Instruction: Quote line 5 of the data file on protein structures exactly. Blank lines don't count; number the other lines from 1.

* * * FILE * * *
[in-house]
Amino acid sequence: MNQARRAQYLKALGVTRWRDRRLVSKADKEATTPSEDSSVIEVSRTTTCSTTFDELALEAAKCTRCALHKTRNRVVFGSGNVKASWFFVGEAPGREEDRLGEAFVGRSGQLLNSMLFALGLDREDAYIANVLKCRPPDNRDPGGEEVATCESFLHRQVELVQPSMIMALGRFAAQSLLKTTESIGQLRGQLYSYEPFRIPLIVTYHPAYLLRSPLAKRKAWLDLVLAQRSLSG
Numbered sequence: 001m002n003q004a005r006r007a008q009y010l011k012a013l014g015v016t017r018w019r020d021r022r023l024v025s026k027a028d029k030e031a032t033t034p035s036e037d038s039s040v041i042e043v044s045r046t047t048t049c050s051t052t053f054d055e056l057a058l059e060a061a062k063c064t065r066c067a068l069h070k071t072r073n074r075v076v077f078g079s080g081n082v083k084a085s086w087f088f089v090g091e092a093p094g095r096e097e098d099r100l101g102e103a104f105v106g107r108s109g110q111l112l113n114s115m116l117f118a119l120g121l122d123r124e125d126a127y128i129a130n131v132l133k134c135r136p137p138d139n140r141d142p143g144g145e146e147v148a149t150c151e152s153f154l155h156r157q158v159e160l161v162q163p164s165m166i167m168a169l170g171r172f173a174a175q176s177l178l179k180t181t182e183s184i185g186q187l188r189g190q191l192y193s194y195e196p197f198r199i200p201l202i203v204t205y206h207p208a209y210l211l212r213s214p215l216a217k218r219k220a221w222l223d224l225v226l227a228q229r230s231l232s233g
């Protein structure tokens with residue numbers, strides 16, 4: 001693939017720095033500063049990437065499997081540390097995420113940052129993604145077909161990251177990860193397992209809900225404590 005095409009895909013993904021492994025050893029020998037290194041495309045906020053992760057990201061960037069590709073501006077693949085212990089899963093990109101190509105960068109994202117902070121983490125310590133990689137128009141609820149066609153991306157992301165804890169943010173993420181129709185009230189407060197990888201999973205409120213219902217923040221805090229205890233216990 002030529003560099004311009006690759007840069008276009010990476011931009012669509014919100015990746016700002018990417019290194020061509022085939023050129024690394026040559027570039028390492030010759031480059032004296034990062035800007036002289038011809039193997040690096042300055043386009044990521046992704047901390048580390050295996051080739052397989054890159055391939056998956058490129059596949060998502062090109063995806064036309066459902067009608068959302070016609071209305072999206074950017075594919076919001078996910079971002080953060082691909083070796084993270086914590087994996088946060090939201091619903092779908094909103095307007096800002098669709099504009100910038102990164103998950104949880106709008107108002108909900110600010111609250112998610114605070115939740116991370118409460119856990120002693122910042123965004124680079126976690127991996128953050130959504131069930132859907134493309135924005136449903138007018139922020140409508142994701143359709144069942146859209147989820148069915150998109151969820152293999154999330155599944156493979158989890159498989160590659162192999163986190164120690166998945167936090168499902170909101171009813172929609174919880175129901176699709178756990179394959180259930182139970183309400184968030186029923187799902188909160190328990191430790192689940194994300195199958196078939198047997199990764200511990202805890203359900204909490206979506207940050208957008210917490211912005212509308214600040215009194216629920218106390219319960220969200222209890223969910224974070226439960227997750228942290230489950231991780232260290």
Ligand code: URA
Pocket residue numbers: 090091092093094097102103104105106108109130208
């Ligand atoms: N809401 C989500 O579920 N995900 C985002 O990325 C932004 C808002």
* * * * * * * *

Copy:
Ligand code: URA